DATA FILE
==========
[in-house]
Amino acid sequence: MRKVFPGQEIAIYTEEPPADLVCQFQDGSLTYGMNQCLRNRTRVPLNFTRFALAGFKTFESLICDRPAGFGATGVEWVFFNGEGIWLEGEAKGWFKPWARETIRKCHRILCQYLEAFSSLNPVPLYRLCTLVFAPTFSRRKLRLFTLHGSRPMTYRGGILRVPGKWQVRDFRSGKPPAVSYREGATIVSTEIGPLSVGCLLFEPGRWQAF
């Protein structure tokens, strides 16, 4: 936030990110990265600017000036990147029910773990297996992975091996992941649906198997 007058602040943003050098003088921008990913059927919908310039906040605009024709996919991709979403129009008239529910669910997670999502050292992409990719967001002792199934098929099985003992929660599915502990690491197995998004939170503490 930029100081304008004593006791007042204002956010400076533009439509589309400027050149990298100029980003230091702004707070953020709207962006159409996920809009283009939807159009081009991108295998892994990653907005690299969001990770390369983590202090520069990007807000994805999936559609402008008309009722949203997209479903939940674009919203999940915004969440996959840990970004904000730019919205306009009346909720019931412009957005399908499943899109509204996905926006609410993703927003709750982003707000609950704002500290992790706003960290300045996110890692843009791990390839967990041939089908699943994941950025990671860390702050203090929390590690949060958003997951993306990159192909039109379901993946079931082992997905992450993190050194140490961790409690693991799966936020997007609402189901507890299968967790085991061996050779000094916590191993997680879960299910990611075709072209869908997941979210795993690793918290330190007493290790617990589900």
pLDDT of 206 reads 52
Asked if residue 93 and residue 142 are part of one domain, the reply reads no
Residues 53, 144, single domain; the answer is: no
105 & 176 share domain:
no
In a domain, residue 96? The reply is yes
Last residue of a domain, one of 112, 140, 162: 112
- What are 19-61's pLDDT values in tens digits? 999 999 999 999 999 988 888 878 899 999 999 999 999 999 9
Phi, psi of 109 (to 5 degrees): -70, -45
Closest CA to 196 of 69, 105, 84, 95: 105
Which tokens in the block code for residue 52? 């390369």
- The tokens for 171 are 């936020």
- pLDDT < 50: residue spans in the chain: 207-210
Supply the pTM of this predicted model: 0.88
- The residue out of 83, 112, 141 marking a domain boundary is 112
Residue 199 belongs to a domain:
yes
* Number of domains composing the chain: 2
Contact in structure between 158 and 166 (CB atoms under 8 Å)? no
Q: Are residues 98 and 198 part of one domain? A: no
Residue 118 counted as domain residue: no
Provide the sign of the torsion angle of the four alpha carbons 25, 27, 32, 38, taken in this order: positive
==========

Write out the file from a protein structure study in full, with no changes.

[in-house]
Amino acid sequence: MRKVFPGQEIAIYTEEPPADLVCQFQDGSLTYGMNQCLRNRTRVPLNFTRFALAGFKTFESLICDRPAGFGATGVEWVFFNGEGIWLEGEAKGWFKPWARETIRKCHRILCQYLEAFSSLNPVPLYRLCTLVFAPTFSRRKLRLFTLHGSRPMTYRGGILRVPGKWQVRDFRSGKPPAVSYREGATIVSTEIGPLSVGCLLFEPGRWQAF
């Protein structure tokens, strides 16, 4: 936030990110990265600017000036990147029910773990297996992975091996992941649906198997 007058602040943003050098003088921008990913059927919908310039906040605009024709996919991709979403129009008239529910669910997670999502050292992409990719967001002792199934098929099985003992929660599915502990690491197995998004939170503490 930029100081304008004593006791007042204002956010400076533009439509589309400027050149990298100029980003230091702004707070953020709207962006159409996920809009283009939807159009081009991108295998892994990653907005690299969001990770390369983590202090520069990007807000994805999936559609402008008309009722949203997209479903939940674009919203999940915004969440996959840990970004904000730019919205306009009346909720019931412009957005399908499943899109509204996905926006609410993703927003709750982003707000609950704002500290992790706003960290300045996110890692843009791990390839967990041939089908699943994941950025990671860390702050203090929390590690949060958003997951993306990159192909039109379901993946079931082992997905992450993190050194140490961790409690693991799966936020997007609402189901507890299968967790085991061996050779000094916590191993997680879960299910990611075709072209869908997941979210795993690793918290330190007493290790617990589900």
pLDDT of 206 reads 52
Asked if residue 93 and residue 142 are part of one domain, the reply reads no
Residues 53, 144, single domain; the answer is: no
105 & 176 share domain:
no
In a domain, residue 96? The reply is yes
Last residue of a domain, one of 112, 140, 162: 112
- What are 19-61's pLDDT values in tens digits? 999 999 999 999 999 988 888 878 899 999 999 999 999 999 9
Phi, psi of 109 (to 5 degrees): -70, -45
Closest CA to 196 of 69, 105, 84, 95: 105
Which tokens in the block code for residue 52? 């390369």
- The tokens for 171 are 């936020």
- pLDDT < 50: residue spans in the chain: 207-210
Supply the pTM of this predicted model: 0.88
- The residue out of 83, 112, 141 marking a domain boundary is 112
Residue 199 belongs to a domain:
yes
* Number of domains composing the chain: 2
Contact in structure between 158 and 166 (CB atoms under 8 Å)? no
Q: Are residues 98 and 198 part of one domain? A: no
Residue 118 counted as domain residue: no
Provide the sign of the torsion angle of the four alpha carbons 25, 27, 32, 38, taken in this order: positive